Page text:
The Northeast Washington Forest Coalition has raised the bar for forest collaboratives everywhere since it started working on forest restoration on Forest Service land in 2002. Despite having forests that produce less board-feet per acre than forests in other parts of the state, Colville National Forest in Northeast Washington has become the largest timber-producing forest in the region, largely thanks to the work of this coalition. The coalition also restores and protects important wildlife habitat, thins forests to reduce the risk of uncharacteristically large wildfires, and produces stands of trees that are larger, healthier, and more in line with historical conditions.

Formed in 2002, the coalition includes diverse interests such as Vaagan Brothers Lumber, Sustainable Obtainable Solutions, Resolute Forest Products, the Kalispel Tribe, Kettle Range Conservation Group, Avista Corporation, Conservation Northwest, and The Lands Council, as well as consultants working in private forests, wildlands safety, and forest biomass. Technical advisers provide important insights and connections with even more diverse groups and interests.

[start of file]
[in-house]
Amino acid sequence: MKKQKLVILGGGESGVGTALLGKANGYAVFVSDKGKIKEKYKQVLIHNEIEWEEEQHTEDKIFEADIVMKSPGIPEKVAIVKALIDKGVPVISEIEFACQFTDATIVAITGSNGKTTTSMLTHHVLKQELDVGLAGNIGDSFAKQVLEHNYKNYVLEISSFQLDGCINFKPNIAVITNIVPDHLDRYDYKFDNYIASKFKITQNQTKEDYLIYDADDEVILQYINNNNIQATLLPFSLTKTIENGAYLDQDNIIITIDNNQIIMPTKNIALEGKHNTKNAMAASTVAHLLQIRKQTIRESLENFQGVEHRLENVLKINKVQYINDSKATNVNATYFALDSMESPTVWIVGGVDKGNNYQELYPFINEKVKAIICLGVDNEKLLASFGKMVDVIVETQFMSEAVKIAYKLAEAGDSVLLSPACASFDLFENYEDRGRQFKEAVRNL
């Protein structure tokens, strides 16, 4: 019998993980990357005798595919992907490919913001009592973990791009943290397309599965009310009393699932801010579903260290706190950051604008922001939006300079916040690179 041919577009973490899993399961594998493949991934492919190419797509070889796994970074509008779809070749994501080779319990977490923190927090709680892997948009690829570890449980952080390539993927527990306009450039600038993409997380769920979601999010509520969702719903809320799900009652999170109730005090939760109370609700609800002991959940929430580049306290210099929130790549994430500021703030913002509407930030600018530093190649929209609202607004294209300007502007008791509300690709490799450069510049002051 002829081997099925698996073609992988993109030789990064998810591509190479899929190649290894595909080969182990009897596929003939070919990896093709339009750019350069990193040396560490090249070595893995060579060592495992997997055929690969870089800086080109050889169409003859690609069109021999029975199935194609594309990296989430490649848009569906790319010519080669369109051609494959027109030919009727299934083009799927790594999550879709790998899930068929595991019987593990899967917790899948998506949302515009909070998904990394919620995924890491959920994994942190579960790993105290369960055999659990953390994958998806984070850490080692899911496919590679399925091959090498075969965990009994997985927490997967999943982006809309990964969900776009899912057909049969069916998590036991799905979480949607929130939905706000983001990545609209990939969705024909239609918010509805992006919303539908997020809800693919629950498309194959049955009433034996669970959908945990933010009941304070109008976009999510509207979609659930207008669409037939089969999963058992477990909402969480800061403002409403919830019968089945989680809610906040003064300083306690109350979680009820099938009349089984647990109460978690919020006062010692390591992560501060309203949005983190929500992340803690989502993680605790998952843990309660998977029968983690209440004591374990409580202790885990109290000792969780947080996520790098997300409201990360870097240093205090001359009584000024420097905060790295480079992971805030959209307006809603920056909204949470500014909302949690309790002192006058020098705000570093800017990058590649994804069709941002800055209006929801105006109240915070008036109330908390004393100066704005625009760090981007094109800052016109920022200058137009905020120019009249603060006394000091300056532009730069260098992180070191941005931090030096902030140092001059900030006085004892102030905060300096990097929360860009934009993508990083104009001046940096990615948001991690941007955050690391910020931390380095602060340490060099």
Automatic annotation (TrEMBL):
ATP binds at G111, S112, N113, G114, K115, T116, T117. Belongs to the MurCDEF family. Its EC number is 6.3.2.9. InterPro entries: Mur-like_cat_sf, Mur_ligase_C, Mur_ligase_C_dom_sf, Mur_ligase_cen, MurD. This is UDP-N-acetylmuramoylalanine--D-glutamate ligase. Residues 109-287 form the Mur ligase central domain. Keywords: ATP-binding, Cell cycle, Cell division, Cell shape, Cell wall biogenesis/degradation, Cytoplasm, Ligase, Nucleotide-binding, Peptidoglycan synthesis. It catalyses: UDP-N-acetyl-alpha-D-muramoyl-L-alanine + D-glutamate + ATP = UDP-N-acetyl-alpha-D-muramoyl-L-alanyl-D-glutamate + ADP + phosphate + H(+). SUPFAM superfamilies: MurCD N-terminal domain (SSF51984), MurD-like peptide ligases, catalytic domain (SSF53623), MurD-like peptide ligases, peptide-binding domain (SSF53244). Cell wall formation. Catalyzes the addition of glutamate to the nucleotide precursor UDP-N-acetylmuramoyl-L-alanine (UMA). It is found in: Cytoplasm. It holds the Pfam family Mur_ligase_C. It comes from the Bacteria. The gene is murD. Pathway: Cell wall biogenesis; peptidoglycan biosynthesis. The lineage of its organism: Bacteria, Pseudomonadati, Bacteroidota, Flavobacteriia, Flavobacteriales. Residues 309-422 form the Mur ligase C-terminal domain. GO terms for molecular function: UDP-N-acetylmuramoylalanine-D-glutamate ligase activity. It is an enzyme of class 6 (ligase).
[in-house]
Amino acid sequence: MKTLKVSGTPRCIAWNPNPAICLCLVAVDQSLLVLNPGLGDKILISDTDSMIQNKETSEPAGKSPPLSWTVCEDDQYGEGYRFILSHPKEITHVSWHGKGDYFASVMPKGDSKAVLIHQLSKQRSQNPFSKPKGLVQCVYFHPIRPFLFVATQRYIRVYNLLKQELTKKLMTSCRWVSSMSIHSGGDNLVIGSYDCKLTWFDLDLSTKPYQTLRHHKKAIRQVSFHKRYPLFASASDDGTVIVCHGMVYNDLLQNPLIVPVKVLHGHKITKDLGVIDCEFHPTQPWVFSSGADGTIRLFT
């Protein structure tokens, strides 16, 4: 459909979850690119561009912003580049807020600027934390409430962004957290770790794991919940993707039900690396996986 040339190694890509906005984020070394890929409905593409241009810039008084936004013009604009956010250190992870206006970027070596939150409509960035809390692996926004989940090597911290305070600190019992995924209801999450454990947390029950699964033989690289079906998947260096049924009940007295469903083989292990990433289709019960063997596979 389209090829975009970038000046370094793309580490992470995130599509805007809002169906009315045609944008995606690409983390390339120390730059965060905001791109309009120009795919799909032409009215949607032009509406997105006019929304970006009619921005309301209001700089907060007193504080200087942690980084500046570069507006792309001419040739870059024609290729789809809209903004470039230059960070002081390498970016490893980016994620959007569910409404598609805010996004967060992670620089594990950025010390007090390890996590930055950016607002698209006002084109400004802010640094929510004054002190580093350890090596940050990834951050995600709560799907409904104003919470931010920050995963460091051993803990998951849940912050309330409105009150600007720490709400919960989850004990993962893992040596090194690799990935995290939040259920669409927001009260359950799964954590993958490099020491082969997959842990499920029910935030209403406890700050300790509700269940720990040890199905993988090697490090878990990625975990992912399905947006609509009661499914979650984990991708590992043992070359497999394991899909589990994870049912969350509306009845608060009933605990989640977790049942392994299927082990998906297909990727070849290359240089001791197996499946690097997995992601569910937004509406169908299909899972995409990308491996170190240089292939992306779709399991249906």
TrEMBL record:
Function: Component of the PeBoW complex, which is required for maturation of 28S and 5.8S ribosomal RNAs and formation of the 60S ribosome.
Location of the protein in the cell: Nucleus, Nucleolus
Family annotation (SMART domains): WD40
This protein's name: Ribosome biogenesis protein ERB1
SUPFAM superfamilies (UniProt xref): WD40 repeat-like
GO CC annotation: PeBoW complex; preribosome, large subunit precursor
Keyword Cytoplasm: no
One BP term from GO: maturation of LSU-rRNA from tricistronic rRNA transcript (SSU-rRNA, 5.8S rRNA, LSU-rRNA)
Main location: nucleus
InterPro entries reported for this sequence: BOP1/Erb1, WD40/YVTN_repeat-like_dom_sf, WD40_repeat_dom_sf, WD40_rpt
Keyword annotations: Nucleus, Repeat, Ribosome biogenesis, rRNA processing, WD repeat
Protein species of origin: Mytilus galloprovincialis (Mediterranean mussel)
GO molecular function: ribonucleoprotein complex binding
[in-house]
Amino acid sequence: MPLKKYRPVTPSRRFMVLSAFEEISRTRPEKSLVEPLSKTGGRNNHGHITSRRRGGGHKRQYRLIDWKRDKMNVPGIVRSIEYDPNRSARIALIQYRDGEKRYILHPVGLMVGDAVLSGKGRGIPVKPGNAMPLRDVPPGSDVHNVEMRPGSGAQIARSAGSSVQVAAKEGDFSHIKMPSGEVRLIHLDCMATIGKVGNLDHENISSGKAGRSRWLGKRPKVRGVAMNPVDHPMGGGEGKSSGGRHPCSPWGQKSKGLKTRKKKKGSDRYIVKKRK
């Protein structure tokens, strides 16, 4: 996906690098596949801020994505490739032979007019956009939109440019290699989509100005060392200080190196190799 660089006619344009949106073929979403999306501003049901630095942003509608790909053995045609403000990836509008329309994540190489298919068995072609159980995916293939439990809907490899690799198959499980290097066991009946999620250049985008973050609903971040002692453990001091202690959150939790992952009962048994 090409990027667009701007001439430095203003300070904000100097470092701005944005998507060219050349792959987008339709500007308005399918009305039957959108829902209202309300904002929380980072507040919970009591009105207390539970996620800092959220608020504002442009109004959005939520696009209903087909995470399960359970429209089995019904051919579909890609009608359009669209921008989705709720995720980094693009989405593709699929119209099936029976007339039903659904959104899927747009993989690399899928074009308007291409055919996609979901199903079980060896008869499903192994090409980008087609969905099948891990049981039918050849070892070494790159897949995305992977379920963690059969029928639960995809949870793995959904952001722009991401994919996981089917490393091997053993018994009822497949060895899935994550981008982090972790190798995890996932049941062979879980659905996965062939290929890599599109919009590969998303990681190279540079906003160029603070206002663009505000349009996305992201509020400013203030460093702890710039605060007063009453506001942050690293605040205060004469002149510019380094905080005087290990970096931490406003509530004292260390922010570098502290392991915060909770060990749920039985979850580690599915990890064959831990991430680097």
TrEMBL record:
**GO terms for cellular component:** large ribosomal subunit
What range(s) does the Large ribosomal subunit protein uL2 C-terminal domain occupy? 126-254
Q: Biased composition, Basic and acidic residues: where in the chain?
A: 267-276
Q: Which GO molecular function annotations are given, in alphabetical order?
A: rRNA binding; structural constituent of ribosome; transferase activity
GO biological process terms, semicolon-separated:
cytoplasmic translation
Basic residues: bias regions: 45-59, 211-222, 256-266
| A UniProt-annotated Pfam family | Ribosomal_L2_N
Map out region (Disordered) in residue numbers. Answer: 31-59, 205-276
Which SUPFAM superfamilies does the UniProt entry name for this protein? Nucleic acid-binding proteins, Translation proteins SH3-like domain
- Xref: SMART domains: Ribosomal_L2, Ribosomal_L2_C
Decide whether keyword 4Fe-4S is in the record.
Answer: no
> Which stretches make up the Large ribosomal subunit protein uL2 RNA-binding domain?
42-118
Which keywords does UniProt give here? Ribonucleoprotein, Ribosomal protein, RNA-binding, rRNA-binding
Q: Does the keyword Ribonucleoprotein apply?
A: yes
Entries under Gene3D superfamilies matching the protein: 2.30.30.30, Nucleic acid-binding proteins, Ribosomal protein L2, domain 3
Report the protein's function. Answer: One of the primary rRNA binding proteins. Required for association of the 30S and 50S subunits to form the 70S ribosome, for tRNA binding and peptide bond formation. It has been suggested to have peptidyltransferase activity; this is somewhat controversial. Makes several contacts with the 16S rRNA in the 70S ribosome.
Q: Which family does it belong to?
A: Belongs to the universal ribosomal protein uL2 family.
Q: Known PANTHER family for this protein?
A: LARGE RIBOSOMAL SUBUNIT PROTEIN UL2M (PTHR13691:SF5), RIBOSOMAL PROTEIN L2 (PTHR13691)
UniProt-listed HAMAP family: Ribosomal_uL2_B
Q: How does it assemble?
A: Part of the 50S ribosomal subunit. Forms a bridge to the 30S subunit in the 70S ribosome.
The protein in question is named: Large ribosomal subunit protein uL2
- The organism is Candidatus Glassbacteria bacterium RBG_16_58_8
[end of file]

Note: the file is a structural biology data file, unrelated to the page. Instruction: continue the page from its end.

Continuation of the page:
Previously, the coalition’s projects have focused on the Colville National Forest. Now it is starting a new project, called Sxwuytn (s-who-ee-tin), the Kalispel Salish word for connections or trail, in a 90,000-acre planning area that includes a checkerboard of land controlled by the Forest Service, the Kalispel Tribe, the Washington Department of Fish and Wildlife, DNR, and private landowners.

“We at NEWFC are thrilled that our Washington state legislators and the Department of Natural Resources have tackled the issues of forest health, restoration and resilience head-on,” said Gloria Flora, Executive Director of Sustainable Obtainable Solutions. “They’re using science, planning and supporting our on-the-ground action to increase the pace and scale of restoration across all lands. That shows real leadership and allows us to help our forests and communities even more effectively.”